How to take control of your chess study

May 27, 2013, 1:26 PM |

Firstly a word about chess in general; Chess is a massively complex game and once about ten moves have been made there are literally millions of possible options, so it is simply impossible to know important things about specific situations.

What i mean by this is that unless you have experience and have STUDIED, by this i mean reviewed your games and then actually looked up those situations and instructions somewhere it will mean little for you to just play hundreds of games.

So just general chess reading is not very useful unless you lern how to apply that into your existing games. By this i mean you might read and understand something but unless your brain believes this information will be required usefully in your future then your brain will "over-write" this information with more important stuff and your retention memory of it will be lessened.

So you must play games and focus on reviewing your own games so your brain repeatedly sees these patterns and recalls their importance. So you can read as much as you like about which is a better pawn to try and promote the F file or G file pawn or how to CheckMate with a kNight and Bishop but you will not recall this information because your brain will not prioritise it important so you memory will be lessened. 

How can i prove to you this is true? Simple we know how the f7 square can be targeted by a queen and bishop or knight for the early checkmate. This is what pattern recognition does by you see that pattern and understand it as important, but reading over masters games and learnign their moves means nothing to the average mind since we will never see those positions and recall them because your brain has wiped this information as of no importance to you.

So the best way to learn is to use the mentor program here since tactics training can only show you one aspect of the game, whereas the chess mentor program gives you a wider variety of information.

Once you have mastered a the lower rankings and moved up to around (who really knows; it is different for each person) it might be good to find a real experienced coach, as a real life human; depending on how you learn face to face or just via technology, i think 1600 and definitely 1800 are good places to get the advice of two different ExPeRiEnCeD coaches.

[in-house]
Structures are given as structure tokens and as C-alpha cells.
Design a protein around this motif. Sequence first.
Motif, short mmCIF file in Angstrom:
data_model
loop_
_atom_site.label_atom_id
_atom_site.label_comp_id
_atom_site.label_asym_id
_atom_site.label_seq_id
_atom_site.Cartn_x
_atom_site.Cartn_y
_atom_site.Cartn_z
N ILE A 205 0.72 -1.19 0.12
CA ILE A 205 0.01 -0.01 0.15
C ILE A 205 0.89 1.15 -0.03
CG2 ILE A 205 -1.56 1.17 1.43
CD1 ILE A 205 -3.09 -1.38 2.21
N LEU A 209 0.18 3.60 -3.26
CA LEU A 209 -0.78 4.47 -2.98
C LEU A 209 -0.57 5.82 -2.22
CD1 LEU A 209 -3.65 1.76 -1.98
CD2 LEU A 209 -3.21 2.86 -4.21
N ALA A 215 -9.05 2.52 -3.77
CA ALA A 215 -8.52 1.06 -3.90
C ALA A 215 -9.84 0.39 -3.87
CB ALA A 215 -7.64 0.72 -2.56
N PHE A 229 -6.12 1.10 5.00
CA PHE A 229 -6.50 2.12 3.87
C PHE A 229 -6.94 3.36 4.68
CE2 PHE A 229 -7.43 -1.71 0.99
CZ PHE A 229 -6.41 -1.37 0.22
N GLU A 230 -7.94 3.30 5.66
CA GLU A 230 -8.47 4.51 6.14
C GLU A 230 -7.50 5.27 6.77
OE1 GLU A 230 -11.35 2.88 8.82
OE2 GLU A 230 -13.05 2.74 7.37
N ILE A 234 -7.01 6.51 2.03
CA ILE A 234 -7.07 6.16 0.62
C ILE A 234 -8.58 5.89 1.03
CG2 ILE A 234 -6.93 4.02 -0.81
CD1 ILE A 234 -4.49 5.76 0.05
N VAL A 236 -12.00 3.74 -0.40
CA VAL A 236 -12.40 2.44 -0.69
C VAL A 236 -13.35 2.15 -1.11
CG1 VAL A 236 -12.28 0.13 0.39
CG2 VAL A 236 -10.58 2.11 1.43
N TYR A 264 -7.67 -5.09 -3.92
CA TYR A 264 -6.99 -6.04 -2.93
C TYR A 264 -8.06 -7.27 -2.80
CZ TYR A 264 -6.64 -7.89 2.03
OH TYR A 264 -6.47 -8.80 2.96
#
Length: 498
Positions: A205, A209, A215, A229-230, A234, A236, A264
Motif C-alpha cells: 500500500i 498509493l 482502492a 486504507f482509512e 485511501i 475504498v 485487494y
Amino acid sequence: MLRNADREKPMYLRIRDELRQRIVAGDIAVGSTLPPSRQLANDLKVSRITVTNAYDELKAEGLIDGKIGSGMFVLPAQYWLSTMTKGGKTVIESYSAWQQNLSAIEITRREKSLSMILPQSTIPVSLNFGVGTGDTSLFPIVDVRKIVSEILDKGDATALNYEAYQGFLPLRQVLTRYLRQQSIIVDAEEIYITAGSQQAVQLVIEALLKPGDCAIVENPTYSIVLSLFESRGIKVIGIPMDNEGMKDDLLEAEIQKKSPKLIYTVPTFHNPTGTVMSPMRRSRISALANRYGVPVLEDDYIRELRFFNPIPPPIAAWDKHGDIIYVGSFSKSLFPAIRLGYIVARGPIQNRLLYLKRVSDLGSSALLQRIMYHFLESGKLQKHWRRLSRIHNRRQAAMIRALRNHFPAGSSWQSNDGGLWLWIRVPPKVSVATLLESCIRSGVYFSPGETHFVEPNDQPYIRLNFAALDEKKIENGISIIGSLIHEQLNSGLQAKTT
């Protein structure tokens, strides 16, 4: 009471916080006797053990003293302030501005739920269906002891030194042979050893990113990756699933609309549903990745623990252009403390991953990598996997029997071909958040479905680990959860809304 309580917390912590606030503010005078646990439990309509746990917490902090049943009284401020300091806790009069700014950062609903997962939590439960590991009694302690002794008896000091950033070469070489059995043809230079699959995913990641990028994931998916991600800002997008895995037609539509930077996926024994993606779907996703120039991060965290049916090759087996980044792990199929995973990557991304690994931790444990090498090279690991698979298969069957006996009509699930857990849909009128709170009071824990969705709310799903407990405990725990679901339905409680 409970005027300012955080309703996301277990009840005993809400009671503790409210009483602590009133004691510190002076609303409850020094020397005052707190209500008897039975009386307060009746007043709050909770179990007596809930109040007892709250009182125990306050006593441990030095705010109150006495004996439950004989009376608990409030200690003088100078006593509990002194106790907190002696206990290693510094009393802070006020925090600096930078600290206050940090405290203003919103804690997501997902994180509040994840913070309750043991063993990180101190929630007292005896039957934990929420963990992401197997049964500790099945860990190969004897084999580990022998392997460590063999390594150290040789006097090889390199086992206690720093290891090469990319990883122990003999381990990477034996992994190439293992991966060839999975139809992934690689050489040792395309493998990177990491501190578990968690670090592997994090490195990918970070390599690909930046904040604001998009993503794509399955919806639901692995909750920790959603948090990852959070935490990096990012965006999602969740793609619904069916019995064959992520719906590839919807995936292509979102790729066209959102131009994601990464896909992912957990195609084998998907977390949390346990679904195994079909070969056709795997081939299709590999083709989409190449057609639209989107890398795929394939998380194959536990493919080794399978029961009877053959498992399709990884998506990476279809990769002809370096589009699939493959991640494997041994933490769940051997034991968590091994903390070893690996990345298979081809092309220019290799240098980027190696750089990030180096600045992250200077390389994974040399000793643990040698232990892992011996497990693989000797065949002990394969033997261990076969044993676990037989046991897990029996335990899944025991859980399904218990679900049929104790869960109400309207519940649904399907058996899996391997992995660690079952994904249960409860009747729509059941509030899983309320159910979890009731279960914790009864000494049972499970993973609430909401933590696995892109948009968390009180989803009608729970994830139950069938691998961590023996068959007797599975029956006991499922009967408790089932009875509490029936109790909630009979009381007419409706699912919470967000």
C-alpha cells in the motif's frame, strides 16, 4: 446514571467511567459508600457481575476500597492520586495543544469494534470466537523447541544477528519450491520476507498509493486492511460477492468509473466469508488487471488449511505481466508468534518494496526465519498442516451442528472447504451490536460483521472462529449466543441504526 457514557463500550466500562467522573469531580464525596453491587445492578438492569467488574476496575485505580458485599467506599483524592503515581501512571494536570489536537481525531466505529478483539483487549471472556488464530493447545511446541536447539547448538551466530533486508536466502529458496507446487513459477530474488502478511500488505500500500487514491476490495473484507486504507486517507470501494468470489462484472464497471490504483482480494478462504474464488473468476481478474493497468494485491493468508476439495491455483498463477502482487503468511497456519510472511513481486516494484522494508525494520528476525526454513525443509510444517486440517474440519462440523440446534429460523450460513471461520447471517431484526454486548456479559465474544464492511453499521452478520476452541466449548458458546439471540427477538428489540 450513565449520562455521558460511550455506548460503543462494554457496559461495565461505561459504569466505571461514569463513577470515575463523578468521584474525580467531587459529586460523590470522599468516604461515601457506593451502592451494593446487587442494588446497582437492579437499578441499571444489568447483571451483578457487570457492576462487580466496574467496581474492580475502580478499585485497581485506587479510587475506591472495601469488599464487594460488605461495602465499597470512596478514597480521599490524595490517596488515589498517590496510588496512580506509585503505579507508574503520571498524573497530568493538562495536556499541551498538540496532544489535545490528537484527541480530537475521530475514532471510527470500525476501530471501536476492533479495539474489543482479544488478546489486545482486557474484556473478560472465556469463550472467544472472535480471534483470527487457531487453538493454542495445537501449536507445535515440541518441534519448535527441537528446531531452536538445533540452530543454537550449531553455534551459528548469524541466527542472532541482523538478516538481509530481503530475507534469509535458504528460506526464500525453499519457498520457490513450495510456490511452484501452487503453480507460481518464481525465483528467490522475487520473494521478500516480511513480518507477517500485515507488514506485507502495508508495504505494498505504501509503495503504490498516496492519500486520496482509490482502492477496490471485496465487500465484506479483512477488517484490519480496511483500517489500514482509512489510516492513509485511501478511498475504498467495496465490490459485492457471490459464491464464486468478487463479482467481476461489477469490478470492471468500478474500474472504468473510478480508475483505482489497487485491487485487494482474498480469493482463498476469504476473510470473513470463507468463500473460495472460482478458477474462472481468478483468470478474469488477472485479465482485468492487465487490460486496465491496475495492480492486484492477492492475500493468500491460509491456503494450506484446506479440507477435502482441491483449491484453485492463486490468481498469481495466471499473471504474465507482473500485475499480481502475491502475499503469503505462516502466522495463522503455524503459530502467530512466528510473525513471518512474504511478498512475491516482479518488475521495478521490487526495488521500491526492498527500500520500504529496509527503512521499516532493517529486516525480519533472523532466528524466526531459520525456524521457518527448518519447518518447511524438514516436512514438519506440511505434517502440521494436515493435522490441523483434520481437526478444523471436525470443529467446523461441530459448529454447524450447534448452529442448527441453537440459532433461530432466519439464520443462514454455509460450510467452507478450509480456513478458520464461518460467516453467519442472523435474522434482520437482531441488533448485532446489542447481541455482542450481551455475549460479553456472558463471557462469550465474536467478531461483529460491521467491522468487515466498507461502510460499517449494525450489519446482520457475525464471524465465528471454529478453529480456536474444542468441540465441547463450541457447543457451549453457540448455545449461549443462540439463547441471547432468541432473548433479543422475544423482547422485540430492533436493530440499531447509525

Why a real-life coach? well i am a nobody but i personally do not think chess coaches know a real lot about chess since the subject is so huge. I mean i am sure a chess coach is a strong/solid player but they certainly do not know everything and anyone who tells you such a person is the guru on chess than beware.

I think a great chess coach is someone who can analyse YOU, to say; this is how you play... YOU are doing this wrong, this is your weak area, this is the type of game style you should be aiming to play since it will give you the best place to use your personal style of play etc.

So be realistic and never ever ever ever follow the stupid advice of finding your "chess hero" and trying to be like them. Many people believe Fischer is their hero and thus follow his methods, i suppose it probably helps your chess games more than doing crosswords by reading about Fischer; but it certainly not going to help you play like him. In fact i believe only one percent of people reading about Fischer would even be able to understand his games.

Adopt your own study program, set realistic goals and follow your plan. If you are trying to learn and advice its probably best to avoid those who are trying to mould you into an amazing player if you are not completely comfortable, do yourself a favour and get a second opinion and remember (just like me here) most advice you get about chess is simply almost worthless to you since you are different and have different needs; most chess 'experts' are simply people who want others to listen to them and think they are "the-Man"...